The land of ‘Black Gold’ : Visit to the Acetaia di Giorgio, Modena

 

 

It’s difficult to know one’s calling in life….

 

For example, travel blogging is a profession that has come to me after umpteen reincarnations, millions of pounds of debt, few too many degrees and too many cold winters in Scotland.

 

Some people don’t have that hassle.

They are born with skills and have a calling from day 1.

It’s hard for example to think of Lionel Messi doing anything but playing football.

 

Attic of Black Gold- Wooden Barrels at the Acetaia di Giorgio where the Balsamico Vinegar matures

 

 

I like to think he came out of his mother womb with a football stuck to his foot.

 

So when I meet Georgio Barbieri in his house , the Acetaia di Giorgio in Modena- gazing up at his 6 foot 5 inch frame ( towering a good foot  above me), I could see immediately why he was the star for his country’s national volleyball team.

 

He scooped me up in his paddle like arms and dunks me into the attic where the whole magic of creating the Balsamic Vinegar happens.

 

At 50, Georgio retired from the Italian Volleyball team.

He was faced with a dilemma of a life outside the game.

 

What next?

 

He looked within his DNA to see if there was something he was passionate about that he could nurture and develop.

 

He delved into the rich bank of childhood memories and remembered his grandmother.

 

Every year making through time honoured traditions and methods ( known only to the Modenese of course ) his Grandmother would make the most amazing Balsamic Vinegar- a wonderful , thick , dark, syrupy, dense , sweet concoction overflowing with flavours and love from the past and present.

 

 

 

 

The Acetaia Giorgio was born.

 

Initially, growing Balsamic vinegar was a hobby, a necessity for Georgio and the Barbieri family.

 

The balsamico vinegar was to feed the family, for special occasions and also served as great gifts for friends and family.

 

Plus the Acetaia was also an asset to be inherited – they would be used as dowry for the daughters of the house.

 

This tradition still holds in many of the houses of Modena , many of whom have the rich tradition of growing Balsamic Vinegar within their households.

 

Traditions like these are the sacred bond, the glue between the past , present and future generations.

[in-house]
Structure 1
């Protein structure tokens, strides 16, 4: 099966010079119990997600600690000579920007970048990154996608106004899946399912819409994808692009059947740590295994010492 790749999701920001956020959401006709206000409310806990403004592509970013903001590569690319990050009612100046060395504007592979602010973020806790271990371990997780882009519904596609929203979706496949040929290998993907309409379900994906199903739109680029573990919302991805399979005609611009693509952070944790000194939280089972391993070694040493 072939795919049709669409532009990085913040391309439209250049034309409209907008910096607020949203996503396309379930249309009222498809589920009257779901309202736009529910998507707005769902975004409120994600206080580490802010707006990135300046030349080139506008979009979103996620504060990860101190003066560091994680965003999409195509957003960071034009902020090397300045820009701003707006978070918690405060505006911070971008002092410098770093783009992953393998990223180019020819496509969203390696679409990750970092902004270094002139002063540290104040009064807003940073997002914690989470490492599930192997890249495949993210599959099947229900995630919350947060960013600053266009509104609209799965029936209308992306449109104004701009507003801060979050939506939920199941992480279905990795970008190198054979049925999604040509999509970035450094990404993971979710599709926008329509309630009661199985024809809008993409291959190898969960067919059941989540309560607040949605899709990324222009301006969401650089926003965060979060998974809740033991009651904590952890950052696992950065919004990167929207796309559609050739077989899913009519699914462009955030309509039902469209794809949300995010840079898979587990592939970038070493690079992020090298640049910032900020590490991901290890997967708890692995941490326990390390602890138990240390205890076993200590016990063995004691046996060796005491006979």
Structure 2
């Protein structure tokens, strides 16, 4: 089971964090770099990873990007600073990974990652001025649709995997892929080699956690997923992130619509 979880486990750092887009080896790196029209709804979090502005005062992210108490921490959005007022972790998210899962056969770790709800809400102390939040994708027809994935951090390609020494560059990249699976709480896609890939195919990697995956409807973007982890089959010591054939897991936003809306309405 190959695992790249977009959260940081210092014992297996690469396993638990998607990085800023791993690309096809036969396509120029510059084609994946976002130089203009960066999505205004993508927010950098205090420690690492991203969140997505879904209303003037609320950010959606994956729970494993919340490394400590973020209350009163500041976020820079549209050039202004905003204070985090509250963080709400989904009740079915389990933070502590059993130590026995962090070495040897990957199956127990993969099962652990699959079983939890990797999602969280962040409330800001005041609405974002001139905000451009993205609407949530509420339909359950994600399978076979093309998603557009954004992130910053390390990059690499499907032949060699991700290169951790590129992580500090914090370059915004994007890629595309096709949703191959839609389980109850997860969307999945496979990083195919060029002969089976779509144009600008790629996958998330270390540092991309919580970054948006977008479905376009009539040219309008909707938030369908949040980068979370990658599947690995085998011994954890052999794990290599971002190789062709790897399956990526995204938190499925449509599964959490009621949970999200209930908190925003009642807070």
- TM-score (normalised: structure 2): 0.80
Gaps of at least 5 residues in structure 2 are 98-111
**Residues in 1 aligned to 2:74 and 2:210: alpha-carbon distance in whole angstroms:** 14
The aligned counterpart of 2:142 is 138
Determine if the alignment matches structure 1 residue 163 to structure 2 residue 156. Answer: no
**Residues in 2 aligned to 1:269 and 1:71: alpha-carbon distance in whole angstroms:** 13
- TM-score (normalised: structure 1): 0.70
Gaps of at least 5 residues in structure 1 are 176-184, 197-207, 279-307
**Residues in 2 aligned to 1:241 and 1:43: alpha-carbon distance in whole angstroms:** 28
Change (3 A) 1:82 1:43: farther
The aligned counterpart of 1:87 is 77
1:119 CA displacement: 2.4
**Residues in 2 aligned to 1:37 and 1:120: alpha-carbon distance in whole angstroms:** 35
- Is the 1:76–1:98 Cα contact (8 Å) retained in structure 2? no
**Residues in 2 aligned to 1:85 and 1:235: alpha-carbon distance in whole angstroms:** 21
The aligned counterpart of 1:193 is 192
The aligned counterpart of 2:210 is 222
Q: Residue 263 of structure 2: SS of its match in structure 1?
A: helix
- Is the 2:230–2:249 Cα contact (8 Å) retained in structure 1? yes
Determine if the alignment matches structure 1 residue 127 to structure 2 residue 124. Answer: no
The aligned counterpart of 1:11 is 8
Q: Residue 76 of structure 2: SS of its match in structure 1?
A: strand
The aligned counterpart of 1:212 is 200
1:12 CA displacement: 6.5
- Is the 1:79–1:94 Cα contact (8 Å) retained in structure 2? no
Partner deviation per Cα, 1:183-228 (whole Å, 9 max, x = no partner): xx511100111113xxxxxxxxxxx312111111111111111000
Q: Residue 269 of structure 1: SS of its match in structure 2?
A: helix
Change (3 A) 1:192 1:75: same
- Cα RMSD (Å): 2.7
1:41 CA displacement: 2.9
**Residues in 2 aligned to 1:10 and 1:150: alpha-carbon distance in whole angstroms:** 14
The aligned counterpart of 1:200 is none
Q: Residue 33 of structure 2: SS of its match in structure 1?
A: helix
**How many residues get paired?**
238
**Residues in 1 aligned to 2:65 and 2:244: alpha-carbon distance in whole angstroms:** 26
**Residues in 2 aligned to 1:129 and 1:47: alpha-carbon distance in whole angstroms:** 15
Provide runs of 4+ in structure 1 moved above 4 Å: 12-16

Carlotta's bottle

 

 

Traditions like a newborn child getting their own battery of barrels and vintage in their name.

 

 

 

 

 

Loretta, the lovely daughter of Georgio who is my guide for the afternoon,  shows me her battery of barrels and then proudly presents to me her 25 year old ‘Extravecchio’ vintage which was released on her birthday last year.

 

She shares me with a few drops of her ‘black gold’

 

Matured in cherry barrels, it has an amazing sweetness and depth of flavour.

 

 

 

Before....

After!

 

 

She gives me a few crumbled pieces of mortadella cheese to taste the vinegar. I taste the cheese to refresh my palate and then sip. Amazing.

 

 

 

Loretta's enthusiasm and passion was infectious- a great guide and a lovely person

 

 

Loretta is as enthusiastic as me, as if she is tasting it for the first time.

 

Without much prompting me, she keeps opening bottle after bottle, diving in for another sip and keeps on refilling my spoon.

 

She’s like a kid in a balsamic vinegar shop.

They only produce 2000 bottles a year + sell this stuff at around 1000 euros a litre!

 

 

 

Traditional Balsamic Vinegar from Modena: Precious, beautiful stuff

 

 

I savour every precious drop.

I feel humbled by the experience- It’s an incredible thing to share with a total stranger like me, something so precious and intimate to the fabric and DNA of a family.

 

Her favourite bottle is her Dad’s 25 year old vintage- matured in Juniper barrels, this is more prickly and has real personality.

 

My afternoon spent tasting the Balsamic Vinegar is a great revelation.

Almost a healing quality.

I’ve had a few days of madness at a travel blogger conference, followed by 2 days touring the vineyards of Umbria.

Tasting this is like balm to my weary liver.

I emerge after a few hours into the mellow evening sunshine of Modena feeling…a new man.

 

It comes as no surprise to learn at the end of my tour that the word balsamico  comes from Latin word balsamum, which means “balsam-like” in the sense of “restorative” or “curative”

 

Essentials 

 

Acetatia di Giorgio is open year-round.

Tasting Tours are free and can be organized in advance by calling them.

Warning: It is very addictive and hard to leave without purchasing a bottle.

Cheapest comes in at around 45 euros which compared to what you would pay for the same thing in the UK- a bargain.

 

For more Information can be found at at www.acetaiadigiorgio.it

5 Comments

Leave a Reply

Your email address will not be published. Required fields are marked *